This website on trauma recovery was developed by the Manitoba Trauma Information and Education Centre (MTIEC) with funding and support from the Province of Manitoba, Department of Healthy Living and the Winnipeg Foundation.
For an introduction to this website and how it might be useful to you, we invite you to view the following video:
Trauma is a part of the human experience. Trauma is unavoidable and is something we all have in common. Traumatic events can bring us together, and we can even grow out of trauma. Trauma is also the cause and at the heart of much human suffering and many of the problems that challenges our society today. Even though you might continue to struggle with the effects of trauma, you have survived and that took courage, strength, and resourcefulness. We suspect though that because you are exploring this website it means you want to do more than just survive and that in and of itself is hopeful.
Trauma is an injury that happens to us, it does not mean that there is something wrong with us or that we are bad it means something bad happened or was done to us. The resulting feelings you have are very normal. We hope that the information and resources contained within this website will be help you to better understand what you have experienced, make your path easier and nurture your sense of hope, meaning and purpose in life.
Each person experiences traumatic events differently. Many people affected by trauma may not yet realize all that has happened to them and how they have been affected. Others may want help but may not feel quite ready to ask for it. Many others may want help do not have access to it in their community or for a variety of reasons may be reluctant to use those resources. This website was designed for all, regardless of what has motivated you to visit us. Welcome.
This website is not therapy or intended to be a replacement for therapy or professional counselling services. There is no substitute for the benefits of a warm, face to face human connection, with someone who is caring, compassionate, has an understanding of trauma and who has access to specialized knowledge that can help your recovery. It is always our recommendation that whenever possible people who are affected by trauma seek help and support and not go through this alone. One of the common elements is the shame and secrecy that can often shroud trauma which can make it difficult to ask for help. The information in this website might help you prepare for therapy or even compliment therapy in which you are already participating.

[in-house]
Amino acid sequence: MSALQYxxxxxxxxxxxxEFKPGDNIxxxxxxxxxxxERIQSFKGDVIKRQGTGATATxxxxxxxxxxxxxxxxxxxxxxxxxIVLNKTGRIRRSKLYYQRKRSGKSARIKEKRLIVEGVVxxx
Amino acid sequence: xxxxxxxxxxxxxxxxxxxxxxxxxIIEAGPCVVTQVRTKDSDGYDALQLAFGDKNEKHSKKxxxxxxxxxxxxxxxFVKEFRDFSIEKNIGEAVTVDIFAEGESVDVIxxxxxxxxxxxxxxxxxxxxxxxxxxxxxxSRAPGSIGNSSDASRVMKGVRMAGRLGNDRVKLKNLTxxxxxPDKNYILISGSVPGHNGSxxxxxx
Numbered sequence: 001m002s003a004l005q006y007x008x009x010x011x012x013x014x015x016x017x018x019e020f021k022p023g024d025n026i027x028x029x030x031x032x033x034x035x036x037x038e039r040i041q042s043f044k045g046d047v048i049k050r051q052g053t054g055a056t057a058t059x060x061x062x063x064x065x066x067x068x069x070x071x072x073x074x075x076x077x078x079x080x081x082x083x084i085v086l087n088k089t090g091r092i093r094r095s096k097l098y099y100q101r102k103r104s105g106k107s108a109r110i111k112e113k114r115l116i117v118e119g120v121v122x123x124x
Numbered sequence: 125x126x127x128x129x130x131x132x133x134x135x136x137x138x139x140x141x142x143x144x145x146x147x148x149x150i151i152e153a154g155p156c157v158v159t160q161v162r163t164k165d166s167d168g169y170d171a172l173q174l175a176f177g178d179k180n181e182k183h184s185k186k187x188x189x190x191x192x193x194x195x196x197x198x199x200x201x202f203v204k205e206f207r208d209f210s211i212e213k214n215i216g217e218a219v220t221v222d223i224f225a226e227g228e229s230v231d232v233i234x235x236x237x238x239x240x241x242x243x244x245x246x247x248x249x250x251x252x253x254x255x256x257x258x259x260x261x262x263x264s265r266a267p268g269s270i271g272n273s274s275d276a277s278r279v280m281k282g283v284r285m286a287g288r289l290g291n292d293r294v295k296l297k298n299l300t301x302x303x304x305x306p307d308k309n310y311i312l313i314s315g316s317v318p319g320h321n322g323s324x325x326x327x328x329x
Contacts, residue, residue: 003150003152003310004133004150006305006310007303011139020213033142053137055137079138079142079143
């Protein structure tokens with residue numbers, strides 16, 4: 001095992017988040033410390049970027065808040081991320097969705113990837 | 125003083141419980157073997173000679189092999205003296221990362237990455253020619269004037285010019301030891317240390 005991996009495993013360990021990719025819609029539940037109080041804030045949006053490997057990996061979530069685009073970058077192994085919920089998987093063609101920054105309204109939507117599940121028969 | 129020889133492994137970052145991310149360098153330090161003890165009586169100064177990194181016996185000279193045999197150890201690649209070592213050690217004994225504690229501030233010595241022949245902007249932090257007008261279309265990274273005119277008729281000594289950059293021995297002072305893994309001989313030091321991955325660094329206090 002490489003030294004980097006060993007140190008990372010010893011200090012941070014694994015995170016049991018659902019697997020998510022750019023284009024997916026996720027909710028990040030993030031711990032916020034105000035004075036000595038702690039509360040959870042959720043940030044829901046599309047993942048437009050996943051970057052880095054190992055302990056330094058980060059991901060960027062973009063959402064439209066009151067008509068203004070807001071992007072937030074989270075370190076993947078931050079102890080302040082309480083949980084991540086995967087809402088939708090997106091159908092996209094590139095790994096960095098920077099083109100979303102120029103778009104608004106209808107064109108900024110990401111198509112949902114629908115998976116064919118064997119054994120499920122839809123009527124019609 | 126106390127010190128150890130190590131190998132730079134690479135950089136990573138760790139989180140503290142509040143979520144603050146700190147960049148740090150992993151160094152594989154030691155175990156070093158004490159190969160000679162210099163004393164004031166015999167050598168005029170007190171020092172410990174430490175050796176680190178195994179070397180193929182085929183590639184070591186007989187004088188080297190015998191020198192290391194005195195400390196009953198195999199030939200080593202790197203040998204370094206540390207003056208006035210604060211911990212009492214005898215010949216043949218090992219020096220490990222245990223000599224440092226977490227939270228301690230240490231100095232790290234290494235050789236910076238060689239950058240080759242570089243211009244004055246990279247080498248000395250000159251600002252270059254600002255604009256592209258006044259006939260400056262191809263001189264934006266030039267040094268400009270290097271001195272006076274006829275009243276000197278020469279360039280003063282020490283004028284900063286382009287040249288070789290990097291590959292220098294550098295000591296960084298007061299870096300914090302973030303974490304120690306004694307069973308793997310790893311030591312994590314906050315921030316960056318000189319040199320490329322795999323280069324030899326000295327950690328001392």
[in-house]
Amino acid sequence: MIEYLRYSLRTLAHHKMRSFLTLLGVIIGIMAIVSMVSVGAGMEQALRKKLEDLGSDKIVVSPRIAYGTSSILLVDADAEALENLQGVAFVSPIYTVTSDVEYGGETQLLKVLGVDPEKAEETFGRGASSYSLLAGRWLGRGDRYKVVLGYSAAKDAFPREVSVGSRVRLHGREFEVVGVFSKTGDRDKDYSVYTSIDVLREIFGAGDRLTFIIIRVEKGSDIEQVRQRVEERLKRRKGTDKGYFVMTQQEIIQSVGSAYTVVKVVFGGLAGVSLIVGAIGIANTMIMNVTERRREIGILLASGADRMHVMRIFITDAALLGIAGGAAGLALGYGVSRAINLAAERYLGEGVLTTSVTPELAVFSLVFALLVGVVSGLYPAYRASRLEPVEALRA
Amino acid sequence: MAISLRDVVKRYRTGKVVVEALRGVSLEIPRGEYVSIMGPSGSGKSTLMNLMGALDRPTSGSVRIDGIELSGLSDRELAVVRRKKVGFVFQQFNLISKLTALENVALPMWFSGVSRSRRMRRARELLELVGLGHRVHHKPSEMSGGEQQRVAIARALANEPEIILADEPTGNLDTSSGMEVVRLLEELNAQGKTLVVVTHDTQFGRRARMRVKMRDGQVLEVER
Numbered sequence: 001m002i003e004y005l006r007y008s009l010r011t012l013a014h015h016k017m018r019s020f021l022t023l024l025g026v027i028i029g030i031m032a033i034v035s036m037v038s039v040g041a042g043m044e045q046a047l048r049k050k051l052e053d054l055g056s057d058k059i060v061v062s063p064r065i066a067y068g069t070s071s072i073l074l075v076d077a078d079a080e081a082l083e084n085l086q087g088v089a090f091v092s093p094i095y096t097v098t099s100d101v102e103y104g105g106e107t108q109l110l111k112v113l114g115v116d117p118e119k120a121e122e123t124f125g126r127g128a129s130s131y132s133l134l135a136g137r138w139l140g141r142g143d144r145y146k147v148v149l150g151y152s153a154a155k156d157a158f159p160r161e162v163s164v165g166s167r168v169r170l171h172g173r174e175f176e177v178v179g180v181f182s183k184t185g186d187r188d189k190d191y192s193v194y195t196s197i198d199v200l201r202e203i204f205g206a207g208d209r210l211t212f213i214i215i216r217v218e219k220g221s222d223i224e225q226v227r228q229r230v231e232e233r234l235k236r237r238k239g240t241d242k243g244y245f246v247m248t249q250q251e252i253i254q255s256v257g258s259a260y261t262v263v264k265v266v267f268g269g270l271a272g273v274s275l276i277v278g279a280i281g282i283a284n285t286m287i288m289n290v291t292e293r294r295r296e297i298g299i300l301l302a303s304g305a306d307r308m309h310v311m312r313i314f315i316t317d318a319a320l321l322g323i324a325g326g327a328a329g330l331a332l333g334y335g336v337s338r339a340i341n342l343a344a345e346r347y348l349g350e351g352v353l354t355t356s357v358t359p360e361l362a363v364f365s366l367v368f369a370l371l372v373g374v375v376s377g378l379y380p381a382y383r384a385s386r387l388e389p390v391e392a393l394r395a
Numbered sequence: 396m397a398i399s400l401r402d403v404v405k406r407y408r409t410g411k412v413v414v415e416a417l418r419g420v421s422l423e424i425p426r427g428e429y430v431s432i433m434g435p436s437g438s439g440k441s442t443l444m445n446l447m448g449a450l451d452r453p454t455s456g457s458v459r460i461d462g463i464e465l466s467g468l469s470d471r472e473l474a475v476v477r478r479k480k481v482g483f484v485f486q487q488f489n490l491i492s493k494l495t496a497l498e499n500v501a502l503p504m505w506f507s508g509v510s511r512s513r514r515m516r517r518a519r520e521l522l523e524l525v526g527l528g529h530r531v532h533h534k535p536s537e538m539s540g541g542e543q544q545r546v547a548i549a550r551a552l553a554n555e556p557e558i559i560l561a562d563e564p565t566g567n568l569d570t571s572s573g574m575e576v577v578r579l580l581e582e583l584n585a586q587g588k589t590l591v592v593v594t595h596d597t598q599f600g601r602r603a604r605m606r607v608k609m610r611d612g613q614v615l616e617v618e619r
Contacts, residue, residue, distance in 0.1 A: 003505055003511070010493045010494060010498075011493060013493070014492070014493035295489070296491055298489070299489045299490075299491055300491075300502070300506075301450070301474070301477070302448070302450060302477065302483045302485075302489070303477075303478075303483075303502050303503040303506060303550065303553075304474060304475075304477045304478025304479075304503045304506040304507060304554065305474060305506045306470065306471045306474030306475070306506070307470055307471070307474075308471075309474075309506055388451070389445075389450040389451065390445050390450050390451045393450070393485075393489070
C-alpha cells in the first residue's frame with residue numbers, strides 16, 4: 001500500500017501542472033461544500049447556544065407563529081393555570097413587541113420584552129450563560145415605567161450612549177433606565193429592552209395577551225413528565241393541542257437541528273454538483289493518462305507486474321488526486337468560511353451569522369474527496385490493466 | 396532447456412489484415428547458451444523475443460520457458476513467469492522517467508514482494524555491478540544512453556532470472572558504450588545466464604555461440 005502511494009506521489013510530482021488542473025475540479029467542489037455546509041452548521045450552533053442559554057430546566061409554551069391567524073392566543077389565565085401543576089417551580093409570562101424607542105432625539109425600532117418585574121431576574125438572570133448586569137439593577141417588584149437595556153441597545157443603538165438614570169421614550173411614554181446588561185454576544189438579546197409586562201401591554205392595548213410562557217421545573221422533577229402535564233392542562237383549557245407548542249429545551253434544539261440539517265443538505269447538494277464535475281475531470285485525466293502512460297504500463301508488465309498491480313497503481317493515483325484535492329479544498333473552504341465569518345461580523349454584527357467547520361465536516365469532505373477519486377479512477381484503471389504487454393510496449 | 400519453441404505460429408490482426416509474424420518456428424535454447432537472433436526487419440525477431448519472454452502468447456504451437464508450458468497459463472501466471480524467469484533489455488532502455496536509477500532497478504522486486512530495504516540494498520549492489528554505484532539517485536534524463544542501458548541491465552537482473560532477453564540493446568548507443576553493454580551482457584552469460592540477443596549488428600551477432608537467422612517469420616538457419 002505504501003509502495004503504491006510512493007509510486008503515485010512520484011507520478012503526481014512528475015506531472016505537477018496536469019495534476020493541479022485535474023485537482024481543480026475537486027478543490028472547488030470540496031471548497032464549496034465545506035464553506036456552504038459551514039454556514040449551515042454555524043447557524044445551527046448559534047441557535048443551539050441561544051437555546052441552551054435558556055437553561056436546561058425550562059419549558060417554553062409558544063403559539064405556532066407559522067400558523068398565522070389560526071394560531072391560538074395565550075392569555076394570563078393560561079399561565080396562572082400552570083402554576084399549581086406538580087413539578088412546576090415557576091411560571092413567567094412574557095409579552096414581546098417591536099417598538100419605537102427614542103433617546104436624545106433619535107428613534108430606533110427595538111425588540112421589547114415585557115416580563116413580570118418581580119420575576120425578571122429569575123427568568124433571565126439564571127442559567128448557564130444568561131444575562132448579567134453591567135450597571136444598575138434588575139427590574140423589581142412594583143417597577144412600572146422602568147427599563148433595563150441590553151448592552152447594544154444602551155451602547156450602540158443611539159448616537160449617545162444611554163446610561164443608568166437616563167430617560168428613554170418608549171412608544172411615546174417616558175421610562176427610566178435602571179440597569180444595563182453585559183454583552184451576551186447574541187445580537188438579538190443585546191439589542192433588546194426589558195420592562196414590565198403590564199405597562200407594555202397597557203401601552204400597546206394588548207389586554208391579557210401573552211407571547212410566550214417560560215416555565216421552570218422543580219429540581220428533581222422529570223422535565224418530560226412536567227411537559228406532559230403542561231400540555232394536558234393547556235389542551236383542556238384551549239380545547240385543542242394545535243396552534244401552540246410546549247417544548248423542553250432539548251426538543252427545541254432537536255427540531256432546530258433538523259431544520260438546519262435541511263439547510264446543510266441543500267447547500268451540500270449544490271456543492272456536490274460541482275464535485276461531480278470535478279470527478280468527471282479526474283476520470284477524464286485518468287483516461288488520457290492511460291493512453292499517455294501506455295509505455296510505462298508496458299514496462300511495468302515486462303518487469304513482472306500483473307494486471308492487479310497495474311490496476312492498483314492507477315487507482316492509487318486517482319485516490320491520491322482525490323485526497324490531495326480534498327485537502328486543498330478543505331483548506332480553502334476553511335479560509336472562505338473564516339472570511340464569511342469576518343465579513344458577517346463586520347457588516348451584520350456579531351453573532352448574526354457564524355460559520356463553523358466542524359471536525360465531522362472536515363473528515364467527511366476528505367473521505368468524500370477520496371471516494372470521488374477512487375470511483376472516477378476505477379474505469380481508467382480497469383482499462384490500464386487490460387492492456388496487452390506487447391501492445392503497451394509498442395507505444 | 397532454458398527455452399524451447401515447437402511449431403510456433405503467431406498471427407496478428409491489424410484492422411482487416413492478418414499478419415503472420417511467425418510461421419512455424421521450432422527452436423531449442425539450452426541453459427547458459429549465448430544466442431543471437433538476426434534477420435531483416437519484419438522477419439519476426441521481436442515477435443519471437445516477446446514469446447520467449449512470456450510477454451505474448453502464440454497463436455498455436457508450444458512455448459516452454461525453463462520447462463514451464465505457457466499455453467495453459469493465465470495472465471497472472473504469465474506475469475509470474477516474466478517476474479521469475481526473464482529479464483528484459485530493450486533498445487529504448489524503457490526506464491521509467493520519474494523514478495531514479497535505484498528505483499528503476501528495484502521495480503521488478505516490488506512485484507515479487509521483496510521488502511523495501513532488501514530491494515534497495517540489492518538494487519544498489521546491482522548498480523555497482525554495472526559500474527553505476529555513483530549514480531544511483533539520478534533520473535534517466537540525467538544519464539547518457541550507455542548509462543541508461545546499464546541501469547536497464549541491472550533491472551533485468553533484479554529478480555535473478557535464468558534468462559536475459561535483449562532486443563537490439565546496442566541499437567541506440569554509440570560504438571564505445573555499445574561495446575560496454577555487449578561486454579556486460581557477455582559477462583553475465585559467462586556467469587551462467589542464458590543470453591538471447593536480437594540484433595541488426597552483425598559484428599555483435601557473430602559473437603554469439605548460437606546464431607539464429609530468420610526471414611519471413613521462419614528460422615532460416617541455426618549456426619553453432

We hope this website provides an understanding of what trauma is, how it affects people, and to present some ways of dealing with the symptoms of trauma. You will learn how trauma affects the mind, body, spirit and relationships. For example, we’ll provide you with information on how trauma affects the nervous system to create fight, flight, freeze responses so you can then use that information to learn how to calm yourself, to think more clearly and make better choices when you’re flooded with emotions. This website can also help those looking for ways to understand and help a loved one. Not everything here may apply to you so we suggest taking what is helpful and leaving what doesn’t fit for you. You are the expert on you and what is best for you.
A common after effect of trauma is to feel emotionally overwhelmed so keeping that in mind we suggest you pay attention to if you begin to feel uncomfortable or overcome by emotion. Go slow, go at an easy pace, take breaks – you are in control of this process. There are no medals for going quickly. You may have heard the myth that in order to heal from trauma the process is very gruelling and that things have to get worse before they get better – that is not true. The goal of trauma recovery is to relieve suffering, not to make it worse.
Throughout this website you will find information on how to soothe frightening and overwhelming emotions, how to calm yourself when you begin to feel out of control and how to become kinder and more compassionate towards yourself.
If through this exploration you need to talk with someone you can go to the “resources” section of the website and look up a distress line in your area. Counselors on distress lines and crisis lines are very familiar with the effects of trauma and are trained to assist you.
We hope you find this website helpful and we welcome your feedback. In the section called “Your Feedback” we are asking for your ideas input on how we can improve this resource. We would like to know what you found most helpful, what wasn’t helpful, what we missed.
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